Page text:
Yes, the whole thing is contrived. The upcoming Copa America Centenario, held here in the United States, isn't a true championship of South America. It's a one-off event to commemorate the 100th anniversary of the world's oldest continental soccer championship, inviting the rest of the Western Hemisphere along to the party.
Yes, it's a naked money grab – underscored by the choice of the U.S. and its high disposable incomes as host and by the towering ticket prices, which have hampered sales. It's a chance for the South American confederation, CONMEBOL, to cash a few extra checks, while CONCACAF – covering North America, Central America and the Caribbean – gets to share in the spoils. The Copa America Centenario conveniently comes in the wake of a series of FBI raids, indictments and arrests that may wind up costing the two governing bodies and their principals a fortune in forfeitures and other lost revenues (and kickbacks).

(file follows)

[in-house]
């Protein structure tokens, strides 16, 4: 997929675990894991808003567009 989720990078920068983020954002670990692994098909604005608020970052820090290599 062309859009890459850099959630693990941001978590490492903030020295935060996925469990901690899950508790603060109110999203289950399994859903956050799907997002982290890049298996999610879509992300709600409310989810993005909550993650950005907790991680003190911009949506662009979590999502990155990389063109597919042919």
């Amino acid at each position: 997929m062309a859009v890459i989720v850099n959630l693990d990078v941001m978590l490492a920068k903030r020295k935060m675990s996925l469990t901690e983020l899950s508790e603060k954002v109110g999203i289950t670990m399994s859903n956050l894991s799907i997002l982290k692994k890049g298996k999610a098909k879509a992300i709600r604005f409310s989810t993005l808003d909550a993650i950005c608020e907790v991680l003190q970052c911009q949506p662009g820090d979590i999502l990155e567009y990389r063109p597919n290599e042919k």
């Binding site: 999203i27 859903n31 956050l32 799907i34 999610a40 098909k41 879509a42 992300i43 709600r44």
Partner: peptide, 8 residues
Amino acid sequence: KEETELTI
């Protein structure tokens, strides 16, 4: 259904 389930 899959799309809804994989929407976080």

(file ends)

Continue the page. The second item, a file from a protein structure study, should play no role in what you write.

And yes, not everybody is equally keen on it. Chile, whichRead More »from What the Copa America Centenario could mean for American soccer